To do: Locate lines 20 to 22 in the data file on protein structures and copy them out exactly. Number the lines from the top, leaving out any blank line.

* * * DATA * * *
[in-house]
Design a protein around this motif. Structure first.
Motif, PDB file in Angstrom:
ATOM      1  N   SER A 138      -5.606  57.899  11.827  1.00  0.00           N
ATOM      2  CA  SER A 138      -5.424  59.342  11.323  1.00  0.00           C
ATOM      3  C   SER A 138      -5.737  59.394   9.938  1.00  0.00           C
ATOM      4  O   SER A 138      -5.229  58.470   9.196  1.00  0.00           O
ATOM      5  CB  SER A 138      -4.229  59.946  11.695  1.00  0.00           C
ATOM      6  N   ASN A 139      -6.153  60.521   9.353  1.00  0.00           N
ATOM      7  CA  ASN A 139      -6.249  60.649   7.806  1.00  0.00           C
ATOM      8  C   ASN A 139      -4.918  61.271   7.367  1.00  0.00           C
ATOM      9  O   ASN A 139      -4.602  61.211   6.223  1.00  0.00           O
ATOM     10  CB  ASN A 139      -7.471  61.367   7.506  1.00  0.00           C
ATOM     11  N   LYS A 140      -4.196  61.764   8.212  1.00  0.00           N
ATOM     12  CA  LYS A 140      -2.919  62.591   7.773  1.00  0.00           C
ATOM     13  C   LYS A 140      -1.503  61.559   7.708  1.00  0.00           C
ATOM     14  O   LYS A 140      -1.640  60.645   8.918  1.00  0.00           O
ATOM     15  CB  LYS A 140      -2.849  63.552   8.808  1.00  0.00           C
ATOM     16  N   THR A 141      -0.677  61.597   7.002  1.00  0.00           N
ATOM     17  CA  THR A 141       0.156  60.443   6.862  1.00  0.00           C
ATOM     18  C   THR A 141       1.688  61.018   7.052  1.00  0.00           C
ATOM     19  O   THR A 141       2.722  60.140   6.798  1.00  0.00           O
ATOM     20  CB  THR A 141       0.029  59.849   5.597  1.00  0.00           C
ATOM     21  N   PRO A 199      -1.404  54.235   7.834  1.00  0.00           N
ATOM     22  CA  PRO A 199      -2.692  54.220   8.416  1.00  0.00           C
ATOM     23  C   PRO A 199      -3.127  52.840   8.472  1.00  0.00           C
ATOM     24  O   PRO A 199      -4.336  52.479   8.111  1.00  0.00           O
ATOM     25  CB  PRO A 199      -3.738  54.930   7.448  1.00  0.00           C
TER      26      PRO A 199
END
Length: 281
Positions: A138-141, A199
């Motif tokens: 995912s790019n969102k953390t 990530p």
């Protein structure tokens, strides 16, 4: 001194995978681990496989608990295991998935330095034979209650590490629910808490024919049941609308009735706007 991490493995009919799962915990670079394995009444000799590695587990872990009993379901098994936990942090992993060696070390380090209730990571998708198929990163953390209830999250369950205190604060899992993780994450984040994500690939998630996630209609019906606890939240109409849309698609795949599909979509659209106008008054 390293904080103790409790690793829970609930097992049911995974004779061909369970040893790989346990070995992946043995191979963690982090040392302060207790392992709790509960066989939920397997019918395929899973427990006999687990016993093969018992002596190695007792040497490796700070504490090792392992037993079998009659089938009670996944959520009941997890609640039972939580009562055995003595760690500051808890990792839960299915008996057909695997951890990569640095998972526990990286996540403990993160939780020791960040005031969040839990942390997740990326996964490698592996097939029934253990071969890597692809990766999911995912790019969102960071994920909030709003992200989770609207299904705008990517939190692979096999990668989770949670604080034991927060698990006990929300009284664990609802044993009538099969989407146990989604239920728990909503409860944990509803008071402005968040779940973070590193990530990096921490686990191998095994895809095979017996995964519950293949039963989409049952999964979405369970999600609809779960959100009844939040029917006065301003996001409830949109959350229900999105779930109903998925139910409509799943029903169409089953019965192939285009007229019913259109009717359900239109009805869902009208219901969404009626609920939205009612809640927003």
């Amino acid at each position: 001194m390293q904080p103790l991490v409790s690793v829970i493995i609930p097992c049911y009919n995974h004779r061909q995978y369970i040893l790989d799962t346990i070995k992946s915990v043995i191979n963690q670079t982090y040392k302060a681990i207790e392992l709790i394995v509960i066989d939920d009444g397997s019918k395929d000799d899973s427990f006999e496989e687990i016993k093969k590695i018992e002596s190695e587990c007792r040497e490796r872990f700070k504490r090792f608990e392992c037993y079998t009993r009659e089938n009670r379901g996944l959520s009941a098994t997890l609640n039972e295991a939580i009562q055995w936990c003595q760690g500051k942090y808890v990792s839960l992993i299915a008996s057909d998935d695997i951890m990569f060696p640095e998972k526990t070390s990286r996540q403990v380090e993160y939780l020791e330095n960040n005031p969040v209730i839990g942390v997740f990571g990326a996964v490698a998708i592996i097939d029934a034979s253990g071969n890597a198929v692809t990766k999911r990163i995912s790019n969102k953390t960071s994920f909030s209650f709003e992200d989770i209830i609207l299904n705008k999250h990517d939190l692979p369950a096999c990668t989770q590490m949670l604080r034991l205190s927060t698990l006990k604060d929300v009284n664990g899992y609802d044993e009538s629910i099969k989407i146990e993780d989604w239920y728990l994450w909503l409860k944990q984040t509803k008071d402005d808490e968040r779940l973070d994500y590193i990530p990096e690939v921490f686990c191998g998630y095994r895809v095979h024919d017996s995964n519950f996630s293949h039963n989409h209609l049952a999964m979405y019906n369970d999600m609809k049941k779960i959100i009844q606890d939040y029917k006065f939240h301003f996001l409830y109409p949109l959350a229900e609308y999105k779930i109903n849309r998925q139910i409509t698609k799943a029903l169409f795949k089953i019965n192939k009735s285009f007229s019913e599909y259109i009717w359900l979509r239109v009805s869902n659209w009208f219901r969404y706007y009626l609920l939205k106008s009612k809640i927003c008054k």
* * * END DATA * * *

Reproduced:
ATOM     17  CA  THR A 141       0.156  60.443   6.862  1.00  0.00           C
ATOM     18  C   THR A 141       1.688  61.018   7.052  1.00  0.00           C
ATOM     19  O   THR A 141       2.722  60.140   6.798  1.00  0.00           O